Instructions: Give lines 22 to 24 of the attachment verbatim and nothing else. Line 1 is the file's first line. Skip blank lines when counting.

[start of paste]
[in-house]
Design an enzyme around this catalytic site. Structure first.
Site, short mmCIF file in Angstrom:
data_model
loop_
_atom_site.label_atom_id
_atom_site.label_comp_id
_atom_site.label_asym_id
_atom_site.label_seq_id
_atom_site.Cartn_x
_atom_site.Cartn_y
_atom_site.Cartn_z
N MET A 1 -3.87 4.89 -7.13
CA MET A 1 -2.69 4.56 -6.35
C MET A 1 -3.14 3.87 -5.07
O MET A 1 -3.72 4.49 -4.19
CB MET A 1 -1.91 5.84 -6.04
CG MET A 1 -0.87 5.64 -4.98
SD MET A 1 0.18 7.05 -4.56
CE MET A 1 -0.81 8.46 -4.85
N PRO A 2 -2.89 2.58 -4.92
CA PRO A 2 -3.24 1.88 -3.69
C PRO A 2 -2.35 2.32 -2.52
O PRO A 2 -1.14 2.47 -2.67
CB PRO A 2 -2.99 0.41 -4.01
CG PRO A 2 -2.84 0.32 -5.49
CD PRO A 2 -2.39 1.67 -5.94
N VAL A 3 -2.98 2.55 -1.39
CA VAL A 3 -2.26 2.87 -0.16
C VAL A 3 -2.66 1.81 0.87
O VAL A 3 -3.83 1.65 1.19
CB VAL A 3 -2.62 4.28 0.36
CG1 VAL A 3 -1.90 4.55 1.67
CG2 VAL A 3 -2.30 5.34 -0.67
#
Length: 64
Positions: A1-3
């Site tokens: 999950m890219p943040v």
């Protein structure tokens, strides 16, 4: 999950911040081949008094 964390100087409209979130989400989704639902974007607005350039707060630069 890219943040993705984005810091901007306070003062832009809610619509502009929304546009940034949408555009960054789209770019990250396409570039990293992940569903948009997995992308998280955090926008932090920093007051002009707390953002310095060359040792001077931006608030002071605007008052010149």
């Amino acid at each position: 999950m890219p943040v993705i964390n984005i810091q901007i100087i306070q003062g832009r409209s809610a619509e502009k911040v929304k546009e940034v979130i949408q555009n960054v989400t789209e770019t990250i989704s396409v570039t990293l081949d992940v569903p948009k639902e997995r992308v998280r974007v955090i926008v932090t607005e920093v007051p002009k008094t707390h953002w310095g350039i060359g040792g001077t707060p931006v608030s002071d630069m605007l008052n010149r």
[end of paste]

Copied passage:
CA PRO A 2 -3.24 1.88 -3.69
C PRO A 2 -2.35 2.32 -2.52
O PRO A 2 -1.14 2.47 -2.67